Who Cannot Be A Disciple

Posted: July 9, 2017 in Luke, Uncategorized

Luke 14:25-35, “Who Cannot Be A Disciple”

Sometimes we learn more of what something is, by looking at what something is not.  How do we describe “dryness”?  In terms of water, or lack thereof.  How do we generally describe world peace?  With the lack of war.  Even if we already know the concept (ex: cut and polished diamonds are incredibly beautiful gemstones), the comparison with opposites generally helps us learn more (ex: the black velvet setting upon which the gems are placed).

In Luke 14, Jesus used this teaching method with the concept of discipleship.  He described what discipleship is, in terms of what it is not.  Many people might say they want to be a disciple of Jesus; not everyone really wants to do it.  At least, not when they see what it actually involved.  People hear the news of heaven & say, “Awesome…sign me up!”  But when they hear that they need to forsake sin and surrender their lives to Christ, quite a few people change their minds. 

Part of the problem we have with false converts in the Bible Belt is probably due to this.  People are told that to go to heaven, all they need to do is repeat a prayer & ask Jesus to “come into their heart,” without knowing what the phrase even means.  They’re promised a wonderful life, and they’re thrilled…all up to the point that their life doesn’t turn out so wonderful.  They find they still have problems, that their lives haven’t really changed, and they end up deciding that church doesn’t really do anything for them & Jesus doesn’t matter.  They might still claim to be Christian, because they “prayed the prayer,” but they don’t really give Jesus a second thought.  In the end, that’s our fault.  As the church, we sold them a false bill of goods by not telling them what was involved.  We asked them to convert for the promise of heaven, but we didn’t tell them anything about being a disciple.  They were told of a guaranteed assurance of eternal life, without being told of what it cost.

That’s not a mistake Jesus made, and it is crystal-clear in passages such as this.  Can eternal life be assured?  Yes, absolutely!  Do true born-again Christians have a guaranteed promise of heaven?  Yes, 100%.  But there is a massive difference between cultural Christians and born-again disciples of Jesus.  Jesus never once told someone to simple “pray a prayer;” He told them to surrender their lives.  He told them to sincerely believe.  He told them to count the cost.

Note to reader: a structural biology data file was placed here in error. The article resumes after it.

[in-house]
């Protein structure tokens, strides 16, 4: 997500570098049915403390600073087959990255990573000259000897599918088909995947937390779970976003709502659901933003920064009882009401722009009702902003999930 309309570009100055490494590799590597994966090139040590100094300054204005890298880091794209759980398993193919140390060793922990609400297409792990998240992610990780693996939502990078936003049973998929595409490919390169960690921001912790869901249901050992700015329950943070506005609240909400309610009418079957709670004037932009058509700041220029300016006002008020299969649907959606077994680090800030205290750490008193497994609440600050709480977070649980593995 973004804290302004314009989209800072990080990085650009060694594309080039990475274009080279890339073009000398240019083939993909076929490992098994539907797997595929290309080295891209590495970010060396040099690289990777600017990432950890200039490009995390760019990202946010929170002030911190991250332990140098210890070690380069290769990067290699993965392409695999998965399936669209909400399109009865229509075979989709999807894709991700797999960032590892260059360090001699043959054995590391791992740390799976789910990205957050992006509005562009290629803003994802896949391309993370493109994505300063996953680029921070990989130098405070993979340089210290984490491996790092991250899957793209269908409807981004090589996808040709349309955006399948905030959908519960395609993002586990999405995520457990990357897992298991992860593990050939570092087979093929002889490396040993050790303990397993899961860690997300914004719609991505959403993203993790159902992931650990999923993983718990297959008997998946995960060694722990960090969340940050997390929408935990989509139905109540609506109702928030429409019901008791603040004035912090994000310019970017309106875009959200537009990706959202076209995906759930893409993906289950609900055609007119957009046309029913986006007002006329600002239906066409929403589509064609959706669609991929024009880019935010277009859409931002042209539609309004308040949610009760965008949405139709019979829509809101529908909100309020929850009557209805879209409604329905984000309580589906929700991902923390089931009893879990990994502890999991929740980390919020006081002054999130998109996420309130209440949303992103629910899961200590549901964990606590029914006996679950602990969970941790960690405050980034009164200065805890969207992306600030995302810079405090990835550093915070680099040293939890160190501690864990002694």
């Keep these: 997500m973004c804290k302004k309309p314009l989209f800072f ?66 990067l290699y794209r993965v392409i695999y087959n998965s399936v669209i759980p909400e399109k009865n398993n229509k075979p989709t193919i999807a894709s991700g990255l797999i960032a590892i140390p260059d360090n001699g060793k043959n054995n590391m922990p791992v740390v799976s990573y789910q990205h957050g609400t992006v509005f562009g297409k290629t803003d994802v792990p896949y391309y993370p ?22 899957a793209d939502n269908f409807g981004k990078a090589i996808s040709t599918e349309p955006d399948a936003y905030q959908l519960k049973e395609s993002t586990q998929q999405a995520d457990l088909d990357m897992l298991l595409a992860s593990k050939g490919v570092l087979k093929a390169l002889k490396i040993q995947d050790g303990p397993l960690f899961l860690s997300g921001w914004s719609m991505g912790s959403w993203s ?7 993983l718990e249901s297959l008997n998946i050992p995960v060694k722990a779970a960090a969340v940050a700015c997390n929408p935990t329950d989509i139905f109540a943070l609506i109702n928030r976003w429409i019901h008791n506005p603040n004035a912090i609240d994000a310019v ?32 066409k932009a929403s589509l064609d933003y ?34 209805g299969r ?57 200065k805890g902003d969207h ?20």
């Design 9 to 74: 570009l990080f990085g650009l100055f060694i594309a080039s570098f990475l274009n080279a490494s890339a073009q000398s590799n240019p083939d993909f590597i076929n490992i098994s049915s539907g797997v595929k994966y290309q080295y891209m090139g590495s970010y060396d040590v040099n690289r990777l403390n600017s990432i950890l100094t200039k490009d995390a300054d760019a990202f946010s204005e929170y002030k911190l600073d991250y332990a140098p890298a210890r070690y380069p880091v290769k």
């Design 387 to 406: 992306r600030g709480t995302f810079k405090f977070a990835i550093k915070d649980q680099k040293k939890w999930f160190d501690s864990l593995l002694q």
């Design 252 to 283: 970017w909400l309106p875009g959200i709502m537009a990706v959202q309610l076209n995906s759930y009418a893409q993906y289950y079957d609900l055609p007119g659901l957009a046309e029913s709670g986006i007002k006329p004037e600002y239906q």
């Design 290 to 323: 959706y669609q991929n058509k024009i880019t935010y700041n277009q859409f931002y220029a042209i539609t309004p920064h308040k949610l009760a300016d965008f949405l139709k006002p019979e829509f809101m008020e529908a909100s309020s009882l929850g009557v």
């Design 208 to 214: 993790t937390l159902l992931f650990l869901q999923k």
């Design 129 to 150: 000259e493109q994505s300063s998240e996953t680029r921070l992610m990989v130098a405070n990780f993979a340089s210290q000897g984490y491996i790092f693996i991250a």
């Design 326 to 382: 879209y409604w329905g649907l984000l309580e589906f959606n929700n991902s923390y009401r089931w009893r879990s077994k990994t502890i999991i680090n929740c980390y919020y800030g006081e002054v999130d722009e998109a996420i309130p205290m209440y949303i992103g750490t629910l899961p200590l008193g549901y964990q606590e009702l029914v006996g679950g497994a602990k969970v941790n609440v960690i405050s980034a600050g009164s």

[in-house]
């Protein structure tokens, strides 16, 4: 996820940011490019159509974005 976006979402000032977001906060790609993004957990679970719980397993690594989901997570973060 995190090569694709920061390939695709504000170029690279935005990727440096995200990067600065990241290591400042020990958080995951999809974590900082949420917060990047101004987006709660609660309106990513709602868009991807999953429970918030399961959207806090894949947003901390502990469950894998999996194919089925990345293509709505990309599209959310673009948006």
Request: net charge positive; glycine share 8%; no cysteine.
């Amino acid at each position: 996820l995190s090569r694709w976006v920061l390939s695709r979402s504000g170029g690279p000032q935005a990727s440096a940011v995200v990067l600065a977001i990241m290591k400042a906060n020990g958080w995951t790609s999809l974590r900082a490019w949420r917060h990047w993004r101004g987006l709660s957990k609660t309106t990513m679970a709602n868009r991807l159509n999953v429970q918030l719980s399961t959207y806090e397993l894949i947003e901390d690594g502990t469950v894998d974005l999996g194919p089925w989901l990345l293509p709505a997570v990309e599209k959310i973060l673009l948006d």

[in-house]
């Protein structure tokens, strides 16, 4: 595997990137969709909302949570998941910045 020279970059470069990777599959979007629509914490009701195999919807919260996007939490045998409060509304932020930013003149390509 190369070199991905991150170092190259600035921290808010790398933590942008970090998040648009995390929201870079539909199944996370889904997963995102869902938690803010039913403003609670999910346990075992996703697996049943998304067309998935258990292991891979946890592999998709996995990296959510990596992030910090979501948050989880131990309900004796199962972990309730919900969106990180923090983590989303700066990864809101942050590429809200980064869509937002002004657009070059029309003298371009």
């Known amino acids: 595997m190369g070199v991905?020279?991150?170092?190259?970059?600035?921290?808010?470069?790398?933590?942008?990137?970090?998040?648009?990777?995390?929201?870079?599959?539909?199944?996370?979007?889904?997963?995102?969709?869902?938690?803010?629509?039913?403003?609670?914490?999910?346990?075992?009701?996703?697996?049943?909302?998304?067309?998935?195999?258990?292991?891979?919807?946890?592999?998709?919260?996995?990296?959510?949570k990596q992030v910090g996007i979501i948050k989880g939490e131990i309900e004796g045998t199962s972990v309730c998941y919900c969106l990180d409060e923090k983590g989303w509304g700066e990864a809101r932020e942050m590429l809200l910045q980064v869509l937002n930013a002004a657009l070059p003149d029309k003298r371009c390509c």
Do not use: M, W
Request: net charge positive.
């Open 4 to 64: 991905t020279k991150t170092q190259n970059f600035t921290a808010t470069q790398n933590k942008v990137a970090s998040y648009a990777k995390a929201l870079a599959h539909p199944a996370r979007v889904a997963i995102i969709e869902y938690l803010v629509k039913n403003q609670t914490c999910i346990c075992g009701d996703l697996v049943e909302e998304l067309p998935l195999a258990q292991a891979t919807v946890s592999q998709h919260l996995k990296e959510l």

Jesus never once restricted the offer of His salvation from any group of people.  The Pharisees who (falsely) believed they were automatically saved were still invited to come to faith in Jesus, as was any of the people that might be more unexpected: the poor, the maimed, the lame, the blind, and the Gentiles.  Even so, there were still some who would never be able to be saved: those unwilling to surrender all – those unwilling to count the cost.

Don’t be among them!  The choice is yours.

Luke 14:25–35

  • The conditions of discipleship (25-27)

25 Now great multitudes went with Him. …  

  • The first thing we see is that the setting has changed.  To this point in Chapter 14 (not that Luke numbered his chapter divisions, or even made chapter divisions), the setting has been a Sabbath day supper.  A ruler among the Pharisees in a town through which Jesus was travelling had invited Jesus and many others to his home for a meal/feast on the Sabbath day.  Just as a group of people might go out together after church for a meal together (or even invite them home), so did this group gather after their synagogue meeting on the Sabbath day.  Yet this was no ordinary meal; this was a set-up.  Luke tells us that the Pharisees and religious lawyers watched Jesus closely, looking to see what His reaction would be when a man with a physical disease (dropsy/edema/swelling) entered the room.  This man had been brought as a test.  Jesus was known to perform healings on the Sabbath, and due to the escalating tensions between Jesus and the Pharisees, they wanted a reason to accuse Him.  Of course, Jesus never once broke the Sabbath law, even with His healings, and did it again here, knowing that the heart of God (even on the Sabbath) was to have compassion on those who needed it.
  • It was compassion & humility that the Pharisees lacked, and Jesus pointed it out as He began to teach at the supper.  The religious elite had tried to exalt themselves at the expense of others, and Jesus told a parable of how they were to humble themselves & wait to be exalted by God.  In addition, they weren’t to try to make themselves look good in front of their friends & family, but they were to have compassion and generosity towards the kinds of people who would never be able to repay them.
  • All of this teaching was lost upon some who attended, who still assumed themselves to be included in the kingdom of God.  That’s when Jesus told the final parable recorded at that supper, describing a future supper of the kingdom.  The people who were originally invited refused to come, and in response the Master invited others – the same sorts of people that the original invitees would have despised.  Because the original guests didn’t come, other guests were urgently persuaded (compelled) to come in.  The Master had plenty of room, even if the original guests never saw the need.